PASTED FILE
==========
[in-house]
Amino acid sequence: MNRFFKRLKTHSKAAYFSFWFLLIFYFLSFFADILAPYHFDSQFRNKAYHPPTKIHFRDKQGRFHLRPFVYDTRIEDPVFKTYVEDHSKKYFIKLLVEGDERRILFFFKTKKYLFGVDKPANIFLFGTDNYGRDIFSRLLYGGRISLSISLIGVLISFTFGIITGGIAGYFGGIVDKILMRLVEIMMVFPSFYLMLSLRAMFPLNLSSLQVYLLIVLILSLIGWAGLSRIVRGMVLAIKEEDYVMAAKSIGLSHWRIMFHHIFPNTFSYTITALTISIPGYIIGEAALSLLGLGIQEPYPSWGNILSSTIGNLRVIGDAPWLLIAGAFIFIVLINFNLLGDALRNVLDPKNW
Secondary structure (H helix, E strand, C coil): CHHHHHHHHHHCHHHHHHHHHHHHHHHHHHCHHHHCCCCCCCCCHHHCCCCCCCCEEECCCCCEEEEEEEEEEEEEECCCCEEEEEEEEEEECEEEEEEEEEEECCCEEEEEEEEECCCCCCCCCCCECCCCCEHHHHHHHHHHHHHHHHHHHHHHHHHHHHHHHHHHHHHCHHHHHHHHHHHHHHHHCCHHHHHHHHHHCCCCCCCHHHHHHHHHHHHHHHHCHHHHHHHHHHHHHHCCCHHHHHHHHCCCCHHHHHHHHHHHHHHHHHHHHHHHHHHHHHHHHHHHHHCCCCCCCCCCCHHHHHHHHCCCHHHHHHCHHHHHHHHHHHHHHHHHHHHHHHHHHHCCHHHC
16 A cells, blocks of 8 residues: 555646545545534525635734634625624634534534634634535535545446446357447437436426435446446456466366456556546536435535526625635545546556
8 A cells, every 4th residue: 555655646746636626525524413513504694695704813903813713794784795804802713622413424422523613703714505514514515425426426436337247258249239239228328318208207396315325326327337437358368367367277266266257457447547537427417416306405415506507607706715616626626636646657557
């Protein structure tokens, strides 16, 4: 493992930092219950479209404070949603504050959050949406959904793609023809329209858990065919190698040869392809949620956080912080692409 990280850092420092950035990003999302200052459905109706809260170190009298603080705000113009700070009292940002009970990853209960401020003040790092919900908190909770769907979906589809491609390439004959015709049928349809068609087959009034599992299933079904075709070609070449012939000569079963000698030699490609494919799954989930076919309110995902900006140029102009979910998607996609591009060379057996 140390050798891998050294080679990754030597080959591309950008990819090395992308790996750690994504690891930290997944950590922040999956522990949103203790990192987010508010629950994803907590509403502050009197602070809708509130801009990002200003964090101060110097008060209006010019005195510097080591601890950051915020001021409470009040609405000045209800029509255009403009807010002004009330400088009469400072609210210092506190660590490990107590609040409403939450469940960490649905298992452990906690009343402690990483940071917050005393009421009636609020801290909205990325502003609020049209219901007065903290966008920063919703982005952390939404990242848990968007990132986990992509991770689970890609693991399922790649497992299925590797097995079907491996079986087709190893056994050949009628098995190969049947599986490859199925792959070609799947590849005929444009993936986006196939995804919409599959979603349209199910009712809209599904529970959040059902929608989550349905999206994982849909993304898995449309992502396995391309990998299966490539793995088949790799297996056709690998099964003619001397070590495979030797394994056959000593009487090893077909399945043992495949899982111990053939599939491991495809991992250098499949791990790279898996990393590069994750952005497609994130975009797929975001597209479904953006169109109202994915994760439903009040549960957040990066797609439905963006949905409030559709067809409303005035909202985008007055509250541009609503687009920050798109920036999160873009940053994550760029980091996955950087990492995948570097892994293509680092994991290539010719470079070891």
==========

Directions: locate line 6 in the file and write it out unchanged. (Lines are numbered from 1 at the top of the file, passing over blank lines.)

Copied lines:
């Protein structure tokens, strides 16, 4: 493992930092219950479209404070949603504050959050949406959904793609023809329209858990065919190698040869392809949620956080912080692409 990280850092420092950035990003999302200052459905109706809260170190009298603080705000113009700070009292940002009970990853209960401020003040790092919900908190909770769907979906589809491609390439004959015709049928349809068609087959009034599992299933079904075709070609070449012939000569079963000698030699490609494919799954989930076919309110995902900006140029102009979910998607996609591009060379057996 140390050798891998050294080679990754030597080959591309950008990819090395992308790996750690994504690891930290997944950590922040999956522990949103203790990192987010508010629950994803907590509403502050009197602070809708509130801009990002200003964090101060110097008060209006010019005195510097080591601890950051915020001021409470009040609405000045209800029509255009403009807010002004009330400088009469400072609210210092506190660590490990107590609040409403939450469940960490649905298992452990906690009343402690990483940071917050005393009421009636609020801290909205990325502003609020049209219901007065903290966008920063919703982005952390939404990242848990968007990132986990992509991770689970890609693991399922790649497992299925590797097995079907491996079986087709190893056994050949009628098995190969049947599986490859199925792959070609799947590849005929444009993936986006196939995804919409599959979603349209199910009712809209599904529970959040059902929608989550349905999206994982849909993304898995449309992502396995391309990998299966490539793995088949790799297996056709690998099964003619001397070590495979030797394994056959000593009487090893077909399945043992495949899982111990053939599939491991495809991992250098499949791990790279898996990393590069994750952005497609994130975009797929975001597209479904953006169109109202994915994760439903009040549960957040990066797609439905963006949905409030559709067809409303005035909202985008007055509250541009609503687009920050798109920036999160873009940053994550760029980091996955950087990492995948570097892994293509680092994991290539010719470079070891």